Photo Credit: Robert Carl Cohen, www.radfilms.com.
In 1970 the Black Panther Party invited Jean Genet, the famous French gay writer and activist, to the U.S., as many black Americans already considered him an ally because of his play The Blacks. In 1991 in Paris, lesbian Panther Angela Davis spoke about this time, recalling her first meetings with Genet.
Davis also recalls a speech Genet gave at the University of California, Los Angeles, in support of releasing black political prisoners: “Genet had made some proposals 20 years before that we just started to develop — for instance, the white participation in the struggle against racism. After a quarter of an hour, many members of the audience started to get upset and to whisper and, suddenly, someone even interrupted Genet asking him to speak, at last, of himself and his work! Genet answered, ‘No, I'm not here to talk about literature or my books. I came to defend the Black Panther Party.’”
Angela Davis charted the important links between black political consciousness and gay rights in that same speech:
“One last important point: It was Genet who heightened the Black Panther Party awareness to the homosexual rights issue. David Hilliard told me that when they were traveling together from state to state, from one university to another, some members of the party were using very rude and homophobic words to insult Nixon or (U.S. Attorney General John) Mitchell. Genet was hurt by these words and told them they should not use such vocabulary.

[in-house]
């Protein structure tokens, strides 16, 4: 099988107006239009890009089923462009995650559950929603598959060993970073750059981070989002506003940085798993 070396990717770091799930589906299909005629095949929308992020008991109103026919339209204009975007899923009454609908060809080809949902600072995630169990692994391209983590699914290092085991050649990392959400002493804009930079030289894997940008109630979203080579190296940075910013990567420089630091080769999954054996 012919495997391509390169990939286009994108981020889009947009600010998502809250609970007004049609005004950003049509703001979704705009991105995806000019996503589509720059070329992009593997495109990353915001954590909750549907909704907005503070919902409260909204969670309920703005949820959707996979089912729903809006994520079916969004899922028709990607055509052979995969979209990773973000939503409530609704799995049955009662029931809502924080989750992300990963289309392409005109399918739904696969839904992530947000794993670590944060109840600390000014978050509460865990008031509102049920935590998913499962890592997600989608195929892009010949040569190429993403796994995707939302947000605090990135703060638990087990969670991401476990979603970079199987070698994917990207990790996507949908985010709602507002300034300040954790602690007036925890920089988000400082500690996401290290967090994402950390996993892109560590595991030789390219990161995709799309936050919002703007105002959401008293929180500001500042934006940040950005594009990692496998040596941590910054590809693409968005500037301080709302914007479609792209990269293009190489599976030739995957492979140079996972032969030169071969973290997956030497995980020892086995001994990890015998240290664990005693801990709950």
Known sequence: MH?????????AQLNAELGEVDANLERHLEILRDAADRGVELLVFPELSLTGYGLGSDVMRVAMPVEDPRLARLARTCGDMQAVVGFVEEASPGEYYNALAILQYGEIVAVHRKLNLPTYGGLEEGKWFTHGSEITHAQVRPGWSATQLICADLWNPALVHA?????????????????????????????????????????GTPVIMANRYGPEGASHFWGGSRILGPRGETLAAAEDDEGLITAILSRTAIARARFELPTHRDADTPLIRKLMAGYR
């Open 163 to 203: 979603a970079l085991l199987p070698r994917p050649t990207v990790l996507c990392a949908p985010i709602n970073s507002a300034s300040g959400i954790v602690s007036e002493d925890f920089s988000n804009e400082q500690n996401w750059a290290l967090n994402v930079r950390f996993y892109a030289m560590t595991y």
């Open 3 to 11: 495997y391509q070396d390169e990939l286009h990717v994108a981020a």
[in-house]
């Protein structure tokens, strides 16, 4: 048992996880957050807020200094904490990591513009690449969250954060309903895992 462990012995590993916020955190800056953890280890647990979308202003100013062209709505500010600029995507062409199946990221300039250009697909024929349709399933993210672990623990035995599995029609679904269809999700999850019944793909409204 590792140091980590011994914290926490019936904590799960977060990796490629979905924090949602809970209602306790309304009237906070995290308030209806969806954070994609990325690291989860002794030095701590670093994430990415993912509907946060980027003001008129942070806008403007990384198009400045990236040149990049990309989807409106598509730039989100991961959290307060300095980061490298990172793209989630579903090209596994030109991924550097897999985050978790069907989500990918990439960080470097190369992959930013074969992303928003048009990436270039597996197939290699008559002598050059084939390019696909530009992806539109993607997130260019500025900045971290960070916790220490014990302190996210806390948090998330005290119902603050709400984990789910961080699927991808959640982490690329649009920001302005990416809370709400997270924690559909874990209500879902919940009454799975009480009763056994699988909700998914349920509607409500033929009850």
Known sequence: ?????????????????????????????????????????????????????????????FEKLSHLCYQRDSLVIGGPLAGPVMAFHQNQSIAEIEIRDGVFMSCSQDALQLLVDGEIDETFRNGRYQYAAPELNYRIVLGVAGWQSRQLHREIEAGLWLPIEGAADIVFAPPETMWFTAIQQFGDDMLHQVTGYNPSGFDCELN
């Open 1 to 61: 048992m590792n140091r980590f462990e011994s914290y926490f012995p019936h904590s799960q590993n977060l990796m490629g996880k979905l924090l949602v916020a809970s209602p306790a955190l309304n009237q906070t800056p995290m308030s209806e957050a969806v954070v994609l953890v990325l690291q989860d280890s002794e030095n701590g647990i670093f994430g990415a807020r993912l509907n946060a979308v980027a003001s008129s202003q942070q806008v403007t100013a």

One night, he even showed up at the hotel — there used to be four or five men per room during these trips — dressed in a sort of pink negligee, and a cigar in his mouth. Well, they all thought Genet was going crazy! He had just wanted to bring about a discussion on the similarities between the struggle against racism and the struggle against homophobia.
Above: Jean Genet, left, with David Hilliard, Black Panther chief of staff, holds a news conference in Black Panther National Headquarters in Berkeley, Calif., March 23, 1970.
After these trips in 1970, David Hilliard and his mates largely spoke of the matter with Huey Newton (the Black Panther Party's president, in jail at the time) and later published an important article in the party's newspaper ,saying:
"Whatever your personal opinions and your insecurities about homosexuality and the various liberation movements among homosexuals and women (Genet also had spokenabout women's liberation during his stay, according to Davis), we should try to unite with them in a revolutionary fashion. I say: 'Whatever your insecurities are' because as we very well know, sometimes our first instinct is to want to hit a homosexual in the mouth, and want a woman to be quiet. We want to hit a homosexual in the mouth because we are afraid that we might be homosexual; and we want to hit the women or shut her up because we are afraid that she might castrate us, or take the nuts that we might not have to start with. ... Remember, we have not established a revolutionary value system; we are only in the process of establishing it. I do not remember our ever constituting any value that said that a revolutionary must say offensive things towards homosexuals, or that a revolutionary should make sure that women do not speak out about their particular kind of oppression. ... And I know through reading, and through my life experience and observations that homosexuals are not given freedom and liberty by anyone in the society. They might be the most oppressed people in the society."
Quotes above from an unpublished Angela Davis speech at the Odeon seminar in Paris, organized by Albert Dichy for IMEC, May 1991, via Sisterezili.blogspot.com.